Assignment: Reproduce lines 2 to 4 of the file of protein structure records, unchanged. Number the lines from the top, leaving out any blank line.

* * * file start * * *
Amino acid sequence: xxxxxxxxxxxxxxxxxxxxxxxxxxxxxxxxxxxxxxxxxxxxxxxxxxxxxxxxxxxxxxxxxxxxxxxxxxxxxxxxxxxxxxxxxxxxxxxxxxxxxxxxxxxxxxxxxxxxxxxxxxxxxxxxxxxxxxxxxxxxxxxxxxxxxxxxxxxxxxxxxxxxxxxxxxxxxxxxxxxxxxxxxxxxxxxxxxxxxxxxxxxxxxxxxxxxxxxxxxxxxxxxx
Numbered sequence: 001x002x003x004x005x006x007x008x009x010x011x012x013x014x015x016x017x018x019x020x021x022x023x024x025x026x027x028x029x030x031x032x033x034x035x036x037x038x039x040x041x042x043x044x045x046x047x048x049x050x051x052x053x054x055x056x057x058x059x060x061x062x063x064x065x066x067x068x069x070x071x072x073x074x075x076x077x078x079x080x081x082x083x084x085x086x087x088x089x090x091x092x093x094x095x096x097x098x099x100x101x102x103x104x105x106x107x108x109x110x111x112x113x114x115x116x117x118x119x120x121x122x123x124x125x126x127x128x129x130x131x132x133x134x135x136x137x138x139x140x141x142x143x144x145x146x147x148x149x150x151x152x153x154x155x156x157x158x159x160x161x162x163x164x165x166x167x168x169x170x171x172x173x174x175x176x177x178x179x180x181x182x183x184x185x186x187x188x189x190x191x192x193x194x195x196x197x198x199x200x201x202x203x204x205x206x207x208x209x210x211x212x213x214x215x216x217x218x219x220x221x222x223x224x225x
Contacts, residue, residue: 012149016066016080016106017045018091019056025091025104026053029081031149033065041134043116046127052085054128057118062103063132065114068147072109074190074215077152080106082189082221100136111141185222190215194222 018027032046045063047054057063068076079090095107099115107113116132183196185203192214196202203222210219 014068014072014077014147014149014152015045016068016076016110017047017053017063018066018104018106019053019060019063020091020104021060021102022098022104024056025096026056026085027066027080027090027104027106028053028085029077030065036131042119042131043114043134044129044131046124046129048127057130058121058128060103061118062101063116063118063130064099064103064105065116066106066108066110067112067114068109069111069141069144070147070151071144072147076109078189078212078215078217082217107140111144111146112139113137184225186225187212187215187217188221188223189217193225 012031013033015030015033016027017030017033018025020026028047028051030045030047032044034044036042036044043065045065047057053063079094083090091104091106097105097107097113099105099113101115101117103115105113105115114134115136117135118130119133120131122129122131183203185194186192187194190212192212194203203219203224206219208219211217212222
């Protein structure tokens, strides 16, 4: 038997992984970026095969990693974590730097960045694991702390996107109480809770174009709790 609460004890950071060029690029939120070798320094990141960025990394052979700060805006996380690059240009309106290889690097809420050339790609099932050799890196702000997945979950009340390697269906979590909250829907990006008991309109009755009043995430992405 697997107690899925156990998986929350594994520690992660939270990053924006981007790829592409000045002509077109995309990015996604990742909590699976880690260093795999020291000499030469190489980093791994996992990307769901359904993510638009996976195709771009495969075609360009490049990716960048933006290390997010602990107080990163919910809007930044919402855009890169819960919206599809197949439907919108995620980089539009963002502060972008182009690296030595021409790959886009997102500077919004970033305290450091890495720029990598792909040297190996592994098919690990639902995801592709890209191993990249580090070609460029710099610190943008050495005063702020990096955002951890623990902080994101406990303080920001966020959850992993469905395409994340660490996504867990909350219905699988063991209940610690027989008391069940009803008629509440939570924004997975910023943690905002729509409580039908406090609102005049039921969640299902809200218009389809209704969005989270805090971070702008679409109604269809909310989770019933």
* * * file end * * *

Numbered sequence: 001x002x003x004x005x006x007x008x009x010x011x012x013x014x015x016x017x018x019x020x021x022x023x024x025x026x027x028x029x030x031x032x033x034x035x036x037x038x039x040x041x042x043x044x045x046x047x048x049x050x051x052x053x054x055x056x057x058x059x060x061x062x063x064x065x066x067x068x069x070x071x072x073x074x075x076x077x078x079x080x081x082x083x084x085x086x087x088x089x090x091x092x093x094x095x096x097x098x099x100x101x102x103x104x105x106x107x108x109x110x111x112x113x114x115x116x117x118x119x120x121x122x123x124x125x126x127x128x129x130x131x132x133x134x135x136x137x138x139x140x141x142x143x144x145x146x147x148x149x150x151x152x153x154x155x156x157x158x159x160x161x162x163x164x165x166x167x168x169x170x171x172x173x174x175x176x177x178x179x180x181x182x183x184x185x186x187x188x189x190x191x192x193x194x195x196x197x198x199x200x201x202x203x204x205x206x207x208x209x210x211x212x213x214x215x216x217x218x219x220x221x222x223x224x225x
Contacts, residue, residue: 012149016066016080016106017045018091019056025091025104026053029081031149033065041134043116046127052085054128057118062103063132065114068147072109074190074215077152080106082189082221100136111141185222190215194222 018027032046045063047054057063068076079090095107099115107113116132183196185203192214196202203222210219 014068014072014077014147014149014152015045016068016076016110017047017053017063018066018104018106019053019060019063020091020104021060021102022098022104024056025096026056026085027066027080027090027104027106028053028085029077030065036131042119042131043114043134044129044131046124046129048127057130058121058128060103061118062101063116063118063130064099064103064105065116066106066108066110067112067114068109069111069141069144070147070151071144072147076109078189078212078215078217082217107140111144111146112139113137184225186225187212187215187217188221188223189217193225 012031013033015030015033016027017030017033018025020026028047028051030045030047032044034044036042036044043065045065047057053063079094083090091104091106097105097107097113099105099113101115101117103115105113105115114134115136117135118130119133120131122129122131183203185194186192187194190212192212194203203219203224206219208219211217212222
């Protein structure tokens, strides 16, 4: 038997992984970026095969990693974590730097960045694991702390996107109480809770174009709790 609460004890950071060029690029939120070798320094990141960025990394052979700060805006996380690059240009309106290889690097809420050339790609099932050799890196702000997945979950009340390697269906979590909250829907990006008991309109009755009043995430992405 697997107690899925156990998986929350594994520690992660939270990053924006981007790829592409000045002509077109995309990015996604990742909590699976880690260093795999020291000499030469190489980093791994996992990307769901359904993510638009996976195709771009495969075609360009490049990716960048933006290390997010602990107080990163919910809007930044919402855009890169819960919206599809197949439907919108995620980089539009963002502060972008182009690296030595021409790959886009997102500077919004970033305290450091890495720029990598792909040297190996592994098919690990639902995801592709890209191993990249580090070609460029710099610190943008050495005063702020990096955002951890623990902080994101406990303080920001966020959850992993469905395409994340660490996504867990909350219905699988063991209940610690027989008391069940009803008629509440939570924004997975910023943690905002729509409580039908406090609102005049039921969640299902809200218009389809209704969005989270805090971070702008679409109604269809909310989770019933």